I know, you probably don’t expect this title in a child welfare blog. And you probably don’t expect these two topics paired together. I didn’t expect a Seinfeld rerun to unblock my writer’s block either. Stranger things have happened, I’m sure.
So why Seinfeld and adoption? I was passively watching Seinfeld yesterday (that’s code for multi-tasking), and was surprised and dismayed. Surprised that I missed a reference to adoption in a Seinfeld show that I know I have seen before. And dismayed at the context of the reference. It was the Joel Rifkin episode, when Elaine is dating a man with the same name as serial murderer, Joel Rifkin. In the show, Kramer makes the statement, “You know why Rifkin was a serial killer? Because he was adopted. Just like Son of Sam was adopted. So apparently adoption leads to serial killing.”.
In the past, this type of statement would invoke one of two reactions, possibly both, from me. One is that I would attempt to contact the producer or network to express my discontent. The second is that I would boycott the program. With technology being what it is today, I can add a third response…blog about it.
For some reason, adoption often is a target for vilification by the media. Case in point, the 2009 movie, Orphan (which I boycotted). Obviously, I didn’t see the movie but from what I understand, it portrays a young girl that had been adopted and turns out to be an evil monster who harms others. I can’t provide more details than that as I’ve deliberately avoided learning any more about it.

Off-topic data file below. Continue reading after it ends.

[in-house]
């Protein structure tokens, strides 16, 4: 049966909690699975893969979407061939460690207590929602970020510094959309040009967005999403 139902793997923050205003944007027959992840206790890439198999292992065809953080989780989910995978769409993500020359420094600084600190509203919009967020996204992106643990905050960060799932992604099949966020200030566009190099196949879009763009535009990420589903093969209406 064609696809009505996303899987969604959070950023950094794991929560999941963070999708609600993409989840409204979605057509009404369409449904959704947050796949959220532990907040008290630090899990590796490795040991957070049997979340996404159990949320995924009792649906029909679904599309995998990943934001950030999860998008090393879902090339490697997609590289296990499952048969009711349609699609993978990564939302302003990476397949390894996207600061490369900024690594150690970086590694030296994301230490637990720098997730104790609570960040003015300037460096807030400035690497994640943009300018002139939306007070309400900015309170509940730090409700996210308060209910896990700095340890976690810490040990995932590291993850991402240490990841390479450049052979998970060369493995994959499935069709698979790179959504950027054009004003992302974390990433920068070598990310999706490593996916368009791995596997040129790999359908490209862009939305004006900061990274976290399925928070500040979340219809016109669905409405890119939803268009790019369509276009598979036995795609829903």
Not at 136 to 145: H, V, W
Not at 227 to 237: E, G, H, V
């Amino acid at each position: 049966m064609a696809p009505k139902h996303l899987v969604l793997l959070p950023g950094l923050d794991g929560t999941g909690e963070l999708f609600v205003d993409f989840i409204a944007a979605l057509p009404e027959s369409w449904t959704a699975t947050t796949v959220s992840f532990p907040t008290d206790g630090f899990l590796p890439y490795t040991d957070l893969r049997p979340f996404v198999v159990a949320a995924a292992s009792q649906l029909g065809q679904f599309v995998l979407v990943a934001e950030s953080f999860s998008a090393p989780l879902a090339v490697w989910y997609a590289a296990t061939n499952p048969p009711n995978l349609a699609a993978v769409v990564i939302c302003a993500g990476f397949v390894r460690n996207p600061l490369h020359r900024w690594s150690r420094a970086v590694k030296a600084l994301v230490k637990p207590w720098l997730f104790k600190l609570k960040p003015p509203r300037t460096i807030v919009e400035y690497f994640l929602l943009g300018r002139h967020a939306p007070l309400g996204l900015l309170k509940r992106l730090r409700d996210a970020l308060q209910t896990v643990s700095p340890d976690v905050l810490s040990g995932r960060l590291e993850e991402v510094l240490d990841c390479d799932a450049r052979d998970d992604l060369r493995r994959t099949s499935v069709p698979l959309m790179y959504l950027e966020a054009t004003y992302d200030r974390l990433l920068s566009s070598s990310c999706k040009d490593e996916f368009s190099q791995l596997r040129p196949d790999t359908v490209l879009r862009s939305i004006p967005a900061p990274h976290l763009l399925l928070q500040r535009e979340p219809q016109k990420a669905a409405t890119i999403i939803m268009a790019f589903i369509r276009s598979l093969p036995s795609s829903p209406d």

The media can be a friend or foe to child welfare, and in the case of adoption it is a little of both. There are great programs like ‘Home for the Holidays‘, produced by the Dave Thomas Foundation which highlights adoption successes. Conversely, there are programs like the movie, the Orphan and negative references to adoption in sitcoms such as Seinfeld that fuel the fear and misconceptions that often are associated with adoption. Some may say this is fictionally and harmless. I would disagree. The notion of children who have been adopted as being somehow flawed or even dangerous has its roots deep in the psyche of society. Negative images in the media serve to fuel the misunderstanding that can accompany limited information of adoption and foster care.
I am reminded of an offhand comment made by a colleague years ago. This was a college educated, otherwise intelligent person working in a professional position. She and her husband chose to live in a small, rural community, thinking the education and environment would be desirable for their young children. One day, she expressed dismay that a foster child had just started in her daughter’s class. She went on to say that she was concerned because ‘those foster kids are naughty’. She said it half in jest, I believe, but there was an air of sincerity, and anxiety, to it.
It is this kind of sentiment that concerns me. The media often reinforces this kind of thinking with statements like that made by Kramer in the Seinfeld episode. Children in foster care face enough obstacles and challenges as is; it is irresponsible to feed the stigma and paranoia associated with this already difficult situation.